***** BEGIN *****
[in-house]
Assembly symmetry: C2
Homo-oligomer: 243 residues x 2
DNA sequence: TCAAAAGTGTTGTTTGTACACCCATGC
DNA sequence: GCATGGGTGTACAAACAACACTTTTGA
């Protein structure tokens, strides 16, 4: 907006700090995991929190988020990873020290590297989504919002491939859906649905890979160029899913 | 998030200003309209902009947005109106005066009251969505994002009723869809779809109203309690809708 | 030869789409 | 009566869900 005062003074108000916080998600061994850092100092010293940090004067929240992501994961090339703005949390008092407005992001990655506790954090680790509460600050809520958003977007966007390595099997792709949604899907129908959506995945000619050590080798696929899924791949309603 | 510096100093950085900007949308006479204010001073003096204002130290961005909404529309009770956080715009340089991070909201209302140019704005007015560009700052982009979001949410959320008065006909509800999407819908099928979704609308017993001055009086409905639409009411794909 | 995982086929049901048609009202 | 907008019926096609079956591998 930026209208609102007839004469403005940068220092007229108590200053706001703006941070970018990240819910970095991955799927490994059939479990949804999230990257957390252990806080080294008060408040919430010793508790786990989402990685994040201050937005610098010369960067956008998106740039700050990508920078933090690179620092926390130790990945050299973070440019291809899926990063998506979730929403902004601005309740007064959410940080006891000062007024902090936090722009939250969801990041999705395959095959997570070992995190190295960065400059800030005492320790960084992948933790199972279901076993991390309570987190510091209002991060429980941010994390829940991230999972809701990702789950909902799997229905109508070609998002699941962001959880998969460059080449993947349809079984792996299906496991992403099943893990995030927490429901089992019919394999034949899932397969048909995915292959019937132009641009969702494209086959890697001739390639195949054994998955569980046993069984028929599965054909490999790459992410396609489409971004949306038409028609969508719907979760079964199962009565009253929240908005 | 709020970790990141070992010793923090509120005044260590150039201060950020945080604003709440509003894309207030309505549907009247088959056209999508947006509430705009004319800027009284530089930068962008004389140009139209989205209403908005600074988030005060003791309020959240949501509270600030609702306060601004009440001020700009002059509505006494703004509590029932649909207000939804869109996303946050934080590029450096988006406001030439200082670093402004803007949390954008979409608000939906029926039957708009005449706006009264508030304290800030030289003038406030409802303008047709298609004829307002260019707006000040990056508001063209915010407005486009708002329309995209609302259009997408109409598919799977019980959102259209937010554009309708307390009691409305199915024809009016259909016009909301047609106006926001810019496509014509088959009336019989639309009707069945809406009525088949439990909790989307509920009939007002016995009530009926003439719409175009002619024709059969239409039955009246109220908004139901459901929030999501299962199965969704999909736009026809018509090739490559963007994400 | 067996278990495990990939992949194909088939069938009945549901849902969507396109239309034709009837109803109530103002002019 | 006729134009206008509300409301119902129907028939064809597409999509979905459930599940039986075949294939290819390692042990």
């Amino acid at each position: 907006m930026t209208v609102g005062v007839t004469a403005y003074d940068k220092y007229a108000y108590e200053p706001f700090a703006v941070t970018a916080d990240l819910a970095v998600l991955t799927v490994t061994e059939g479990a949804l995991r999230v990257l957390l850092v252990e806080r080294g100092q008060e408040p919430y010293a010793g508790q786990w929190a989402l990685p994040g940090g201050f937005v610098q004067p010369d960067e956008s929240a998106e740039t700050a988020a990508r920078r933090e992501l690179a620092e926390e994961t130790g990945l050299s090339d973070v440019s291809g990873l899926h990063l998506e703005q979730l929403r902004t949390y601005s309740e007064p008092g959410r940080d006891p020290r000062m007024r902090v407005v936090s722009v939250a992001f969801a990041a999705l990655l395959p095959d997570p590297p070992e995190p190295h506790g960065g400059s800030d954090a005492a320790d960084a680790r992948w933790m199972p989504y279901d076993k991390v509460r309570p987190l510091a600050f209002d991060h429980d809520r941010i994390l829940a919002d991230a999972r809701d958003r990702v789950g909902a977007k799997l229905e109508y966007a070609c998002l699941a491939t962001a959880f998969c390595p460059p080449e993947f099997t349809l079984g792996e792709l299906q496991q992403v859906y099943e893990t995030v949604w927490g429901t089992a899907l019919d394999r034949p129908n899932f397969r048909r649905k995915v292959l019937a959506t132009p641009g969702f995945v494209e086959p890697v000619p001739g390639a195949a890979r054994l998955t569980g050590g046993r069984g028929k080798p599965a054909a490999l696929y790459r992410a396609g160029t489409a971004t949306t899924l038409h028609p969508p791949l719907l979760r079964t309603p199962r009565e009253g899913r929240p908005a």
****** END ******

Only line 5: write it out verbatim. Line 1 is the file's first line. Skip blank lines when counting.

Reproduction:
DNA sequence: GCATGGGTGTACAAACAACACTTTTGA